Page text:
Ten new Mong Family Foundation Fellows in Neurotech will work under the mentorship of faculty across Cornell to advance technologies that promise to provide insight into how brains work, as well as strategies to fix them when they don’t. Read the full Cornell Chronicle article here.
Aug. 1, 2017
By Syl Kacapyr for the Cornell Chronicle
Read the full Chronicle here
Syl Kacapyr is public relations and content manager for the College of Engineering.
Photo by Robyn Wishna. Principal investigators for the Cornell Neurotechnology NeuroNex Hub. From left: Chris Xu, professor of applied and engineering physics; Joseph Fetcho, professor of neurobiology and behavior; Nilay Yapici, assistant professor of neurobiology and behavior; Chris Schaffer, associate professor of biomedical engineering; Mert Sabuncu, assistant professor of electrical and computer engineering and of biomedical engineering.
Dimitre G Ouzounov, Tianyu Wang, et al. record spontaneous activity from up to 150 neurons in the hippocampal stratum pyramidale at ~1-mm depth within an intact mouse brain.
Using three-photon microscopy at 1,300-nm excitation, the authors of a recently published Nature Methods paper, demonstrated that functional imaging of GCaMP6s-labeled neurons can be achieved beyond the depth of two-photon microscopy. The method creates opportunities for noninvasive recording of neuronal activity with high spatial and temporal resolution deep within scattering brain tissues.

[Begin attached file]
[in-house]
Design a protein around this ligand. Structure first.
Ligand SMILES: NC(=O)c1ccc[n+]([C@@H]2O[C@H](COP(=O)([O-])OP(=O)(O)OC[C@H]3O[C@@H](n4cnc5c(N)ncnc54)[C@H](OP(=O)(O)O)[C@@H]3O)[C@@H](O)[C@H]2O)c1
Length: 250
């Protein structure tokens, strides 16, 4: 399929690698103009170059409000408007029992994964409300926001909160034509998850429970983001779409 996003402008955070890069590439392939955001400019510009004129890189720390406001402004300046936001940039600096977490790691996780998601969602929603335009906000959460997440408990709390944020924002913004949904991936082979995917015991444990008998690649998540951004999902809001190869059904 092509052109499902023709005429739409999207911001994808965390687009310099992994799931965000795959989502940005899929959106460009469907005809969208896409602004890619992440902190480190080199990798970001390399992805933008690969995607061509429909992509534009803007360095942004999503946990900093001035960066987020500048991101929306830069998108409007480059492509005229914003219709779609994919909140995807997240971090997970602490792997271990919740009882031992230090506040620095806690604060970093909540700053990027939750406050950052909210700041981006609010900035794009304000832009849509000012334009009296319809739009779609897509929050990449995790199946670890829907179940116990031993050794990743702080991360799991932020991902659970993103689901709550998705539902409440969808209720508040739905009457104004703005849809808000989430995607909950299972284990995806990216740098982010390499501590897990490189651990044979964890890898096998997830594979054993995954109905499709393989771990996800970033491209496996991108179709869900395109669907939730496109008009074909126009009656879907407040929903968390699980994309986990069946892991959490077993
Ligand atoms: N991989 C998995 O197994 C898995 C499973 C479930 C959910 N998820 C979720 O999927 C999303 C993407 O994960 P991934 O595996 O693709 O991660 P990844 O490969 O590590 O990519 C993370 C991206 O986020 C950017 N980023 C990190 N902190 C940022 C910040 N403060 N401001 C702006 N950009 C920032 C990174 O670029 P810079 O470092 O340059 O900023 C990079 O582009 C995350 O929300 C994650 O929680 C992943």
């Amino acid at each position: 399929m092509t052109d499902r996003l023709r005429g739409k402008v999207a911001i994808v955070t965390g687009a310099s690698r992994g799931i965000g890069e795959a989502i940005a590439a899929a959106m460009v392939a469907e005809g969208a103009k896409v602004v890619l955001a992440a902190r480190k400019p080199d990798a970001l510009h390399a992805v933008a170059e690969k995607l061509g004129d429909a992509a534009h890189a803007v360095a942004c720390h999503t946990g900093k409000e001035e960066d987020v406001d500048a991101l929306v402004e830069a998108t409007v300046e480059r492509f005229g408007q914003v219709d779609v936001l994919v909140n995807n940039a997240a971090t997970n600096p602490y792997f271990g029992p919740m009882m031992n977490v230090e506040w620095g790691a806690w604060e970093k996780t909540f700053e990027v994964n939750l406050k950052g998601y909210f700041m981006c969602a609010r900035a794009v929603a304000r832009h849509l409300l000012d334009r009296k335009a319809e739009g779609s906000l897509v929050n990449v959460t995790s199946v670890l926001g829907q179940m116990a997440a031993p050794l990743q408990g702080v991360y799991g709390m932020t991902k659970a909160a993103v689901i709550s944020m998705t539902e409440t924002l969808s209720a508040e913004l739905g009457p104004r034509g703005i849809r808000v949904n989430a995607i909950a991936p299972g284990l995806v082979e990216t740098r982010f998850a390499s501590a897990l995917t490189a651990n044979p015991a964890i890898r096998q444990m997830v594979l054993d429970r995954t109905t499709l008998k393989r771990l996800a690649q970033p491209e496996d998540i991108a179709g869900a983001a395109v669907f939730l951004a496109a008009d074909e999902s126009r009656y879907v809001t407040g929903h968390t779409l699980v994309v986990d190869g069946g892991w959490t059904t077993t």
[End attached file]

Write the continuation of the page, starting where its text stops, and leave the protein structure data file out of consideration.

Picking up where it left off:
Researchers plumbing the mysteries of the brain gathered to share their discoveries at the inaugural Cornell Neurotech Mong Family Foundation Symposium, Sept. 29 in the Biotechnology Building.
The daylong symposium featured three of the winners of the prestigious Brain Prize – Winfried Denk, Ph.D. ’89; Karel Svoboda ’88; and David Tank, M.S. ’80, Ph.D. ’83 – all graduates of Professor Emeritus Watt Webb’s applied physics laboratory. The three built on their work in the Webb lab to develop multiphoton microscopy as an essential tool in brain research, allowing observation of minute brain structures and dynamic brain functions in real time.
Provost Michael Kotlikoff began the day with thanks for the “extraordinary generosity” of the Mong Family Foundation, guided by Stephen Mong ’92, M.Eng. ’93, MBA ’02, which enabled the university to launch Cornell Neurotech and sponsored the symposium. Cornell Neurotech’s efforts to understand how the brain produces behavior, thoughts and feelings “are vital goals with life-changing implications, and I am grateful to Stephen Mong and the Mong Family Foundation for enabling Cornell faculty and staff to strive toward them,” Kotlikoff said.
The inaugural Mong Family Foundation Fellows in Neurotech were named on June 17 and went to three pairs of early career scientists. They will work jointly under the mentorship of faculty across Cornell to advance technologies that promise to provide insight into how brains work, as well as strategies to fix them when they break. Read more…
Cornell Neurotech, a collaboration between the Colleges of Arts and Sciences and Engineering, will launch thanks to a multimillion dollar seed grant from the Mong Family Foundation, through Stephen Mong ’92, MEN ’93, MBA ’02.
Cornell Neurotech is featured in Cornell Enginneering Magazine Cornell Neurotech.
Neurotech Advisory Board members Melissa Warden and Jesse Goldberg were each awarded New Innovator Awards from the National Institute of Health. The new innovator award is one of the hardest to receive from the NIH and is designed to “support exceptionally creative, early-career investigators who propose innovative, high-impact projects.” http://www.news.cornell.edu/stories/2015/10/three-researchers-receive-nih-new-innovator-awards